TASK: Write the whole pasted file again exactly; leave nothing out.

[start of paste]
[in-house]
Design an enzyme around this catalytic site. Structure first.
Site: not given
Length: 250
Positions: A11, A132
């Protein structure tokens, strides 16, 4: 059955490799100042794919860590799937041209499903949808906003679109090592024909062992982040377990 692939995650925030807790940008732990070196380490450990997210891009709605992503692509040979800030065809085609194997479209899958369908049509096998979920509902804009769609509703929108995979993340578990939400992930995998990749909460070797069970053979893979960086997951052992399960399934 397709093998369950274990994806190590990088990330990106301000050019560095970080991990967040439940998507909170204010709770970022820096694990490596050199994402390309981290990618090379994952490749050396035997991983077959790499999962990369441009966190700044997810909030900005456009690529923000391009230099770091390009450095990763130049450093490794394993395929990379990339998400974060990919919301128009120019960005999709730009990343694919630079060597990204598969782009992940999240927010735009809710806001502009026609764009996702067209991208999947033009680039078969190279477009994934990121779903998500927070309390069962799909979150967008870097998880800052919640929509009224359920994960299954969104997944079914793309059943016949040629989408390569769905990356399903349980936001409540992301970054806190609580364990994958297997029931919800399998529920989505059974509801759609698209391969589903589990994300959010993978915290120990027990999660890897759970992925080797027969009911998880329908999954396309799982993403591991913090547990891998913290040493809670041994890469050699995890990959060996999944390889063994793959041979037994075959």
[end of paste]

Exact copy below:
[in-house]
Design an enzyme around this catalytic site. Structure first.
Site: not given
Length: 250
Positions: A11, A132
């Protein structure tokens, strides 16, 4: 059955490799100042794919860590799937041209499903949808906003679109090592024909062992982040377990 692939995650925030807790940008732990070196380490450990997210891009709605992503692509040979800030065809085609194997479209899958369908049509096998979920509902804009769609509703929108995979993340578990939400992930995998990749909460070797069970053979893979960086997951052992399960399934 397709093998369950274990994806190590990088990330990106301000050019560095970080991990967040439940998507909170204010709770970022820096694990490596050199994402390309981290990618090379994952490749050396035997991983077959790499999962990369441009966190700044997810909030900005456009690529923000391009230099770091390009450095990763130049450093490794394993395929990379990339998400974060990919919301128009120019960005999709730009990343694919630079060597990204598969782009992940999240927010735009809710806001502009026609764009996702067209991208999947033009680039078969190279477009994934990121779903998500927070309390069962799909979150967008870097998880800052919640929509009224359920994960299954969104997944079914793309059943016949040629989408390569769905990356399903349980936001409540992301970054806190609580364990994958297997029931919800399998529920989505059974509801759609698209391969589903589990994300959010993978915290120990027990999660890897759970992925080797027969009911998880329908999954396309799982993403591991913090547990891998913290040493809670041994890469050699995890990959060996999944390889063994793959041979037994075959």